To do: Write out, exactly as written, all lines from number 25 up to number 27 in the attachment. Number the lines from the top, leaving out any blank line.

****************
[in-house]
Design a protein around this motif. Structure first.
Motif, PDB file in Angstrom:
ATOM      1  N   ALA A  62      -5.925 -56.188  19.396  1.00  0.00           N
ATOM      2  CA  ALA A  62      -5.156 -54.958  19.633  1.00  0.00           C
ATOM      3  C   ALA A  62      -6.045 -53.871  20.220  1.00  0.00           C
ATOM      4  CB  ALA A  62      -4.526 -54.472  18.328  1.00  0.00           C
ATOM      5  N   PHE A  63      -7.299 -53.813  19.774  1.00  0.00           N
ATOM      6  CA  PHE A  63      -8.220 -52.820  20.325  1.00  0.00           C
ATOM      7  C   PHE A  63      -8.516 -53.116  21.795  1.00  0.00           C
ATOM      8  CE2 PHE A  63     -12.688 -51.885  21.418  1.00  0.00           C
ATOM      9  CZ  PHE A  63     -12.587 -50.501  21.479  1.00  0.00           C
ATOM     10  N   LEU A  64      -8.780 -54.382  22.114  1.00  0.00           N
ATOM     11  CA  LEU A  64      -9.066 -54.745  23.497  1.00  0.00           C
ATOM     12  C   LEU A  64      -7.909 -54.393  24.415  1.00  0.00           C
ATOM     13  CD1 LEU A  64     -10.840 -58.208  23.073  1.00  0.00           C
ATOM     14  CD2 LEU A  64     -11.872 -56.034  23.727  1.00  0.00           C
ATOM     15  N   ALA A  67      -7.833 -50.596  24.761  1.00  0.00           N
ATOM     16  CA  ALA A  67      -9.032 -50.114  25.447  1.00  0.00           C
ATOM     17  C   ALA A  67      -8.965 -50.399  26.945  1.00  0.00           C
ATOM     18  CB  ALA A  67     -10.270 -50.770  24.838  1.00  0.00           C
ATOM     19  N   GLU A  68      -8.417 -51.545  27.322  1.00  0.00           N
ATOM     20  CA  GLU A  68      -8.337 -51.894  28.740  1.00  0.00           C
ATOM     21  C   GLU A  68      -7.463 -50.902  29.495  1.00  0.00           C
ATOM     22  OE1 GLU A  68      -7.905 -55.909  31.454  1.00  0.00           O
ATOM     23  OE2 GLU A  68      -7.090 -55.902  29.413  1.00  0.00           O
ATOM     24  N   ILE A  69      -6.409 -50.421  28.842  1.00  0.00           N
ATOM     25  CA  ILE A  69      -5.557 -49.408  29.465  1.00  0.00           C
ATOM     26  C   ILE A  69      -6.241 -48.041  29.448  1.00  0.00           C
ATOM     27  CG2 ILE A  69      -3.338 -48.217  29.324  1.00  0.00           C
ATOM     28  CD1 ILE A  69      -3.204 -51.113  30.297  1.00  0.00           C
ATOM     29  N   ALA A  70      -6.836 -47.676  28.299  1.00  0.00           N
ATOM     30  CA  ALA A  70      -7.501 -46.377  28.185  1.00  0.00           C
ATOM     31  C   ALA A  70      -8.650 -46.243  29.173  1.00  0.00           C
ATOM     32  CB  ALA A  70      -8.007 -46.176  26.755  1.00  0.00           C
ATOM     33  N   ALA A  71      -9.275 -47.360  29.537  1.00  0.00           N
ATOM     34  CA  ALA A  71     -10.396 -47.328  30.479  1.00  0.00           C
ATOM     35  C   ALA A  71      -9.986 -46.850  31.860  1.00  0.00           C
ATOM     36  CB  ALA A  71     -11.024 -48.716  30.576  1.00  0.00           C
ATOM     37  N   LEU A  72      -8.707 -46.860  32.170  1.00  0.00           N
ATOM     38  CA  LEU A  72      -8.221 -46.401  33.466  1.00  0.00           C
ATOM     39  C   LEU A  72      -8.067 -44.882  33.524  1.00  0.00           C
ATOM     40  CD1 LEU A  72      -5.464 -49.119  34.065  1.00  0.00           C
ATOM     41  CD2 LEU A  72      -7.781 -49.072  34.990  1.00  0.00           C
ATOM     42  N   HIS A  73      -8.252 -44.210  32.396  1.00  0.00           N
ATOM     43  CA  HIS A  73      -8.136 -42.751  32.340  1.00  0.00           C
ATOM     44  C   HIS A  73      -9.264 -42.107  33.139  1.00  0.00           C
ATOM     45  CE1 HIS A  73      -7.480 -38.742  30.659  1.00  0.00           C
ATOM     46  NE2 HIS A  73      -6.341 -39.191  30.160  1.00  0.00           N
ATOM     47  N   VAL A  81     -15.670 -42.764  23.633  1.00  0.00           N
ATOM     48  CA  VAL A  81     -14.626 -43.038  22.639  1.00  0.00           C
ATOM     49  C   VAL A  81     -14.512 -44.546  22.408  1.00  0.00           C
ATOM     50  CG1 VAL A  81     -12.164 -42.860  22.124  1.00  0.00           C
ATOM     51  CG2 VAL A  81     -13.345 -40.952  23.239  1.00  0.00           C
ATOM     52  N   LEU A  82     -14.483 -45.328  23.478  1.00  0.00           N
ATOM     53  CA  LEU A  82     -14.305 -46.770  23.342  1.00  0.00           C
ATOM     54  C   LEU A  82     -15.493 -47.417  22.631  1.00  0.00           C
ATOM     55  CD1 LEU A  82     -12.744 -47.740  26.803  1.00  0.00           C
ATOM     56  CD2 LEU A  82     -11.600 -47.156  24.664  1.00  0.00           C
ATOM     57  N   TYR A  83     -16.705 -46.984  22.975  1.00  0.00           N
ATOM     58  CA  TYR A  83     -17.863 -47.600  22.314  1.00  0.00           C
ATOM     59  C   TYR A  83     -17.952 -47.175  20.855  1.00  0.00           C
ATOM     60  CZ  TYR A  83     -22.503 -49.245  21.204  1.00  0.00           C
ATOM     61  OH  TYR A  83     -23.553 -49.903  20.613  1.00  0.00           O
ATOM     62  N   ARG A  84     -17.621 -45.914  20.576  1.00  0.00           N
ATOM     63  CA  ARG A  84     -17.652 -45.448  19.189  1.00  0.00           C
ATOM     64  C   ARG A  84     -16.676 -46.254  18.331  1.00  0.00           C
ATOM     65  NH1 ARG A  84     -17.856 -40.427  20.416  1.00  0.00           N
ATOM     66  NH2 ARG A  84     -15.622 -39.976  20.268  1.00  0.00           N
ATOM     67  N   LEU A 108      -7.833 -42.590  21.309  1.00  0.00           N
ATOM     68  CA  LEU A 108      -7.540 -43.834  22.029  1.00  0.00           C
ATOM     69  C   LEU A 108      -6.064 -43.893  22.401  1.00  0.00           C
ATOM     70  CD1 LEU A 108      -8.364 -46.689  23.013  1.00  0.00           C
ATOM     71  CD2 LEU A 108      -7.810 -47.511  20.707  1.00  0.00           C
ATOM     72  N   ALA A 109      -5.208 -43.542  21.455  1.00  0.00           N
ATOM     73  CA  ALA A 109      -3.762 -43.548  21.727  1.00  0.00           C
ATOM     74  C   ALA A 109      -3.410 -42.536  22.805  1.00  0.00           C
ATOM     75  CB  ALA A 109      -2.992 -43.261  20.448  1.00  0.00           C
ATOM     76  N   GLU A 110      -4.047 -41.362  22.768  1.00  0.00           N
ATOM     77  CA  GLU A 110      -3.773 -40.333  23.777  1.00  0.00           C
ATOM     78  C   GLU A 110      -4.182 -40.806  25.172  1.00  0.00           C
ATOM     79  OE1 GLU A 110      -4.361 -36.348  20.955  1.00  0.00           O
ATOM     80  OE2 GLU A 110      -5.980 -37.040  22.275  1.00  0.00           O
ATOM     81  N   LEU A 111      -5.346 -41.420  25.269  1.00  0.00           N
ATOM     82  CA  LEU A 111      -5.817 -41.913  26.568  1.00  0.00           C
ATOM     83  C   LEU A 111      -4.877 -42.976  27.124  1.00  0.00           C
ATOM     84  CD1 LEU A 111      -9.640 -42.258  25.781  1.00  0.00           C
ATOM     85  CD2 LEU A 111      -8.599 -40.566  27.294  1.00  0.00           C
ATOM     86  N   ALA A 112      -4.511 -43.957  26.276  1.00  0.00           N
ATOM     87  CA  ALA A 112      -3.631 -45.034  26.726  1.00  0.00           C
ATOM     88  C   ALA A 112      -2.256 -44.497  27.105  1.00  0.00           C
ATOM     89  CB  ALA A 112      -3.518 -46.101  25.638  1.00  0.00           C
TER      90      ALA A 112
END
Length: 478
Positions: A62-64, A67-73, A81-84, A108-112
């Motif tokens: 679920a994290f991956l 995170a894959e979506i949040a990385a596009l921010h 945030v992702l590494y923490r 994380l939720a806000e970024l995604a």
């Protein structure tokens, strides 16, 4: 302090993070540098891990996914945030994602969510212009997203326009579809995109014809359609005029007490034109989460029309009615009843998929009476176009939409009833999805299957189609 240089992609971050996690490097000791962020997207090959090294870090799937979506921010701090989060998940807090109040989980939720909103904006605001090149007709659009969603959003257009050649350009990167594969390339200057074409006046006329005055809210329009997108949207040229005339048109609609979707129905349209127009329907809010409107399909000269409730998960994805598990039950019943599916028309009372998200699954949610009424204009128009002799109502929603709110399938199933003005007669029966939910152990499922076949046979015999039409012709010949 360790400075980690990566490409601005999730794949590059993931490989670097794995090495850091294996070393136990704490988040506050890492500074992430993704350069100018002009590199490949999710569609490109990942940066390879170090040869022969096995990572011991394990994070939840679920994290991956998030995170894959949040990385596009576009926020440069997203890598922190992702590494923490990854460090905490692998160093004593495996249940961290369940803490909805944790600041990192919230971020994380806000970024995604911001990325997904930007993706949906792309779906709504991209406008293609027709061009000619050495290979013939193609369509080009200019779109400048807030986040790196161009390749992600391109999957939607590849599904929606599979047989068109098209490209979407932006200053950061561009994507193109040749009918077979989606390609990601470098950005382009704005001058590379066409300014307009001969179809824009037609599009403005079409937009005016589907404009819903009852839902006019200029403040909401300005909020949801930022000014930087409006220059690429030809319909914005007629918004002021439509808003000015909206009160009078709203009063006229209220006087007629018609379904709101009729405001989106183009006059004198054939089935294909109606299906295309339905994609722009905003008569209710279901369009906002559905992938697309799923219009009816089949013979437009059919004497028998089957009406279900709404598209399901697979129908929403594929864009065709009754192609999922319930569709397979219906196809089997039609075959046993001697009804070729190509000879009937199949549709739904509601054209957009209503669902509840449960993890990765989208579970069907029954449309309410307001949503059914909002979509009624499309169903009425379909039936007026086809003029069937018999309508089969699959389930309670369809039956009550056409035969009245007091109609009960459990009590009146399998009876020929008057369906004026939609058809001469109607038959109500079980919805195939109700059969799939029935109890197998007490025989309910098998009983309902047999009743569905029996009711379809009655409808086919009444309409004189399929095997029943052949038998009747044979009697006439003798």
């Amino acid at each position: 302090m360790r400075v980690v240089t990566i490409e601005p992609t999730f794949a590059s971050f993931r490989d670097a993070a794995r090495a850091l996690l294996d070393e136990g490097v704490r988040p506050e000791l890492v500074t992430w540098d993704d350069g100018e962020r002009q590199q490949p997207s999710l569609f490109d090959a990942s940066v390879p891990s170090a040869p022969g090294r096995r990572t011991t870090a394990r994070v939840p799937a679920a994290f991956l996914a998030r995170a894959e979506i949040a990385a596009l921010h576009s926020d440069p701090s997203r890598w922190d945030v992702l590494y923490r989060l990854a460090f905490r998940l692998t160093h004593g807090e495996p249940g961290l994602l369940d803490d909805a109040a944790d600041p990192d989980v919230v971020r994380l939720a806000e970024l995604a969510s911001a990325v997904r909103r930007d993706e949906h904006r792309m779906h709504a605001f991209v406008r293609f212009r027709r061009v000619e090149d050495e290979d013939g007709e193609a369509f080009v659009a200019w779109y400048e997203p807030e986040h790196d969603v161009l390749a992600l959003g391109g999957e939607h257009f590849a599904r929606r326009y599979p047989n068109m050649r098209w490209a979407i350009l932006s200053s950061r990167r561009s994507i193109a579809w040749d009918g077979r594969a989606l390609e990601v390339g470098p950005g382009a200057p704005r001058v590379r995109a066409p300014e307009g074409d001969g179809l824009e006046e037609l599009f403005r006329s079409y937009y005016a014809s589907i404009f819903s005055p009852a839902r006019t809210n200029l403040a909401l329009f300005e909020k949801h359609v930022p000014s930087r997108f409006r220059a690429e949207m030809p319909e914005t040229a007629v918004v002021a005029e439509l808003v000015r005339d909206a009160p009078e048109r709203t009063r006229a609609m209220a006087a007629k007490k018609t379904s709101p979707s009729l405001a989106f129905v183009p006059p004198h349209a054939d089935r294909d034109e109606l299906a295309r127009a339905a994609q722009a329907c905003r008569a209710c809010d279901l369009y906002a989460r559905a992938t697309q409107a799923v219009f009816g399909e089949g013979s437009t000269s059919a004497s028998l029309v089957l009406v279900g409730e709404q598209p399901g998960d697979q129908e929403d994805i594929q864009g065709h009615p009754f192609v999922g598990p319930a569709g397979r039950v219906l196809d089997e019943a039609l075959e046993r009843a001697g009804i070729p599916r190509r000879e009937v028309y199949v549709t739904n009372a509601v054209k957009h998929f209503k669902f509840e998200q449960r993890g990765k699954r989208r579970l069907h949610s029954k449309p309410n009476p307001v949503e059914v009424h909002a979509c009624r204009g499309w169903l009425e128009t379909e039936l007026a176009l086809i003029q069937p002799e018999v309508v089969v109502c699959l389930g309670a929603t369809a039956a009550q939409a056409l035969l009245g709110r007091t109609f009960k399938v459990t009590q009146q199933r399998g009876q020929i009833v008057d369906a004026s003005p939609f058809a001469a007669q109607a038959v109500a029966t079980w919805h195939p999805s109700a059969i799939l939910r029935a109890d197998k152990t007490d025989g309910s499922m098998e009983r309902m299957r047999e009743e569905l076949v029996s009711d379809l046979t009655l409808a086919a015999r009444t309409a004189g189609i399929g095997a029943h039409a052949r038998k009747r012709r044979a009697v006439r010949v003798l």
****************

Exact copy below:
ATOM     22  OE1 GLU A  68      -7.905 -55.909  31.454  1.00  0.00           O
ATOM     23  OE2 GLU A  68      -7.090 -55.902  29.413  1.00  0.00           O
ATOM     24  N   ILE A  69      -6.409 -50.421  28.842  1.00  0.00           N